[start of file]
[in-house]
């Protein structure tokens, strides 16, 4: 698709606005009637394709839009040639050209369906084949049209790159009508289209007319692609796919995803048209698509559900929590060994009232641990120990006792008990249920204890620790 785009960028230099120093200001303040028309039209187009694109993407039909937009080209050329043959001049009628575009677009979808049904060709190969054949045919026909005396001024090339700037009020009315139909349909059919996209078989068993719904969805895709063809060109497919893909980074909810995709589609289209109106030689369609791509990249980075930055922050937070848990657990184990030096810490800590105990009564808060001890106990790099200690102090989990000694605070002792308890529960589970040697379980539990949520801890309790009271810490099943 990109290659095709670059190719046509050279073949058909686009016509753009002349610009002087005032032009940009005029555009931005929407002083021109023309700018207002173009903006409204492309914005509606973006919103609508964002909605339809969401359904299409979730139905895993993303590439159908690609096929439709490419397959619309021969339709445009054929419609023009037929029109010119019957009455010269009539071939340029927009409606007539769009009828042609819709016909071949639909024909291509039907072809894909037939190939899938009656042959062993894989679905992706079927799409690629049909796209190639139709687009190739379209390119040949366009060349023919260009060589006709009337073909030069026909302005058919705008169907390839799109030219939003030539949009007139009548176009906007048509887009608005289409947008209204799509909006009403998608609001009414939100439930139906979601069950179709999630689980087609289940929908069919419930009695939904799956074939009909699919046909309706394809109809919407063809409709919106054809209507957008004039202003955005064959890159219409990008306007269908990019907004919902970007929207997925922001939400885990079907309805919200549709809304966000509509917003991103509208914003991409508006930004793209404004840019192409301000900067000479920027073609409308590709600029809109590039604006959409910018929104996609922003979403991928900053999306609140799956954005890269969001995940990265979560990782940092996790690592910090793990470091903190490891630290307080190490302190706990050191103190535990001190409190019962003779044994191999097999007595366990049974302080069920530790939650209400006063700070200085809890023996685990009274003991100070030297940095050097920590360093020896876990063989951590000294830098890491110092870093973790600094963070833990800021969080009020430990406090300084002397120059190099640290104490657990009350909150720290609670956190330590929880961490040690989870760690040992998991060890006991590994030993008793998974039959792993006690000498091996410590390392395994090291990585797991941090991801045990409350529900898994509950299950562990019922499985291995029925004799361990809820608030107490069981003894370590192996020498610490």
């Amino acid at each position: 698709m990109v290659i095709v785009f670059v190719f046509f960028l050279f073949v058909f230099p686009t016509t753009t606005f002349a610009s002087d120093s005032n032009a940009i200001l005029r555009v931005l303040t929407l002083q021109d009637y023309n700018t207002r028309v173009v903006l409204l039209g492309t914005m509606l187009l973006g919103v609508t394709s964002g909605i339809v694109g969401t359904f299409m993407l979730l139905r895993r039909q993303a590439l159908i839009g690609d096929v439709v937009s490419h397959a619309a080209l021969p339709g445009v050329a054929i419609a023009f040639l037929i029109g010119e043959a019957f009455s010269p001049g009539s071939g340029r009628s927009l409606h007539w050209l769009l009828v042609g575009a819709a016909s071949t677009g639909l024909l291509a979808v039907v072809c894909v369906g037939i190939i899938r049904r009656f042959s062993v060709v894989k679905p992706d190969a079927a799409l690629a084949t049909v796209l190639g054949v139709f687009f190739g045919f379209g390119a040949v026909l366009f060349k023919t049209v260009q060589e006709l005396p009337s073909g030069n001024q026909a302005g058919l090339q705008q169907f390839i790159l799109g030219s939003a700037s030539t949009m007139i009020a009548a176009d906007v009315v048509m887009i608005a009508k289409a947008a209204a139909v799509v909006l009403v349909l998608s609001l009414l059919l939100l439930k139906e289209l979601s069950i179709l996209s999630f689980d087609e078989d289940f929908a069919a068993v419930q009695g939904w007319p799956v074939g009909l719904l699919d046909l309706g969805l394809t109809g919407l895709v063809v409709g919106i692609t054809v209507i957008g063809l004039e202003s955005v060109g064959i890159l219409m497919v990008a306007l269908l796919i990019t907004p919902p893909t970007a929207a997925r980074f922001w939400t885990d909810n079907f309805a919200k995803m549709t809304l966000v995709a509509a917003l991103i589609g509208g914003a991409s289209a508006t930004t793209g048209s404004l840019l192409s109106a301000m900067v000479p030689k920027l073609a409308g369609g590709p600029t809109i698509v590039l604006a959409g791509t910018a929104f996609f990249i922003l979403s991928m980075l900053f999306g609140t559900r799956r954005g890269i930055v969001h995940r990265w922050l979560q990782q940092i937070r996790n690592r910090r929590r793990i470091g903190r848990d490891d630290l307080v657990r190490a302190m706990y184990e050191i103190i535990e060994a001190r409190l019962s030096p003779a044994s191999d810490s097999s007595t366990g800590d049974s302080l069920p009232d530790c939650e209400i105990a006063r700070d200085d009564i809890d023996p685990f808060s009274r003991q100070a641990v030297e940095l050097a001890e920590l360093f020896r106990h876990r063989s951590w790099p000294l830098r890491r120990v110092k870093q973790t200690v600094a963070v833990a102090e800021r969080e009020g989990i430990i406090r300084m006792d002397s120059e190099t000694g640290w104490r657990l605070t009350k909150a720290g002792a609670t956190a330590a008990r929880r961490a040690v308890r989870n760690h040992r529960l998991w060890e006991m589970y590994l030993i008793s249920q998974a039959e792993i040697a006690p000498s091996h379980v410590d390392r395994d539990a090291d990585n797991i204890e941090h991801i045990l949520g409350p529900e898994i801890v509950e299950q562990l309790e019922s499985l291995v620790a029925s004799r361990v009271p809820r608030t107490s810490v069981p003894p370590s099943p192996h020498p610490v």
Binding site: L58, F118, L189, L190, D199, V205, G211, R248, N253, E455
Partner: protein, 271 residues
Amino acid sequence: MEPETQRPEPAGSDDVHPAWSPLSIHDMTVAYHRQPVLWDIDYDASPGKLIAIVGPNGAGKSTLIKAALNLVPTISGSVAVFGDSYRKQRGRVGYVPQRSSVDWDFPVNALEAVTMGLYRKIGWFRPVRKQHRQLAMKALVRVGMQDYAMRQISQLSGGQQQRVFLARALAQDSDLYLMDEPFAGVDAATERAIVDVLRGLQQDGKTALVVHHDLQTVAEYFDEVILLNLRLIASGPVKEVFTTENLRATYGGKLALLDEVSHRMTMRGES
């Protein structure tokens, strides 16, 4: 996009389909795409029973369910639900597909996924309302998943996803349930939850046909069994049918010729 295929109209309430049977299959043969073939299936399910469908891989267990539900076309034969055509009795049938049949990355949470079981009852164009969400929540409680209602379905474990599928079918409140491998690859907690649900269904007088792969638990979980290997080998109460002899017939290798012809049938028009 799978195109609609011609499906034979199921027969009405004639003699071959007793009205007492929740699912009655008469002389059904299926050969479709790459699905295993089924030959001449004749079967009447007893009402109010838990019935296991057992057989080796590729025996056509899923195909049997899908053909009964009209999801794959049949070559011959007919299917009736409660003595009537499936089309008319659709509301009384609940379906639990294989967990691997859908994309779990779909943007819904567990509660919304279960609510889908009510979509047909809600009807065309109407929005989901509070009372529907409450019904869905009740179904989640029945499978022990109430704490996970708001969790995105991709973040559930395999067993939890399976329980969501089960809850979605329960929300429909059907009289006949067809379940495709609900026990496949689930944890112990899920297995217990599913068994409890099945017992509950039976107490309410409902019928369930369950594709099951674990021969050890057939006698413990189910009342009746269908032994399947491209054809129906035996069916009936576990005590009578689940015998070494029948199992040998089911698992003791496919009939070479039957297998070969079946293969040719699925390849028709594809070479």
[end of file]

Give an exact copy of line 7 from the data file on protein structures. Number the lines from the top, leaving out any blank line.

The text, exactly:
């Protein structure tokens, strides 16, 4: 996009389909795409029973369910639900597909996924309302998943996803349930939850046909069994049918010729 295929109209309430049977299959043969073939299936399910469908891989267990539900076309034969055509009795049938049949990355949470079981009852164009969400929540409680209602379905474990599928079918409140491998690859907690649900269904007088792969638990979980290997080998109460002899017939290798012809049938028009 799978195109609609011609499906034979199921027969009405004639003699071959007793009205007492929740699912009655008469002389059904299926050969479709790459699905295993089924030959001449004749079967009447007893009402109010838990019935296991057992057989080796590729025996056509899923195909049997899908053909009964009209999801794959049949070559011959007919299917009736409660003595009537499936089309008319659709509301009384609940379906639990294989967990691997859908994309779990779909943007819904567990509660919304279960609510889908009510979509047909809600009807065309109407929005989901509070009372529907409450019904869905009740179904989640029945499978022990109430704490996970708001969790995105991709973040559930395999067993939890399976329980969501089960809850979605329960929300429909059907009289006949067809379940495709609900026990496949689930944890112990899920297995217990599913068994409890099945017992509950039976107490309410409902019928369930369950594709099951674990021969050890057939006698413990189910009342009746269908032994399947491209054809129906035996069916009936576990005590009578689940015998070494029948199992040998089911698992003791496919009939070479039957297998070969079946293969040719699925390849028709594809070479």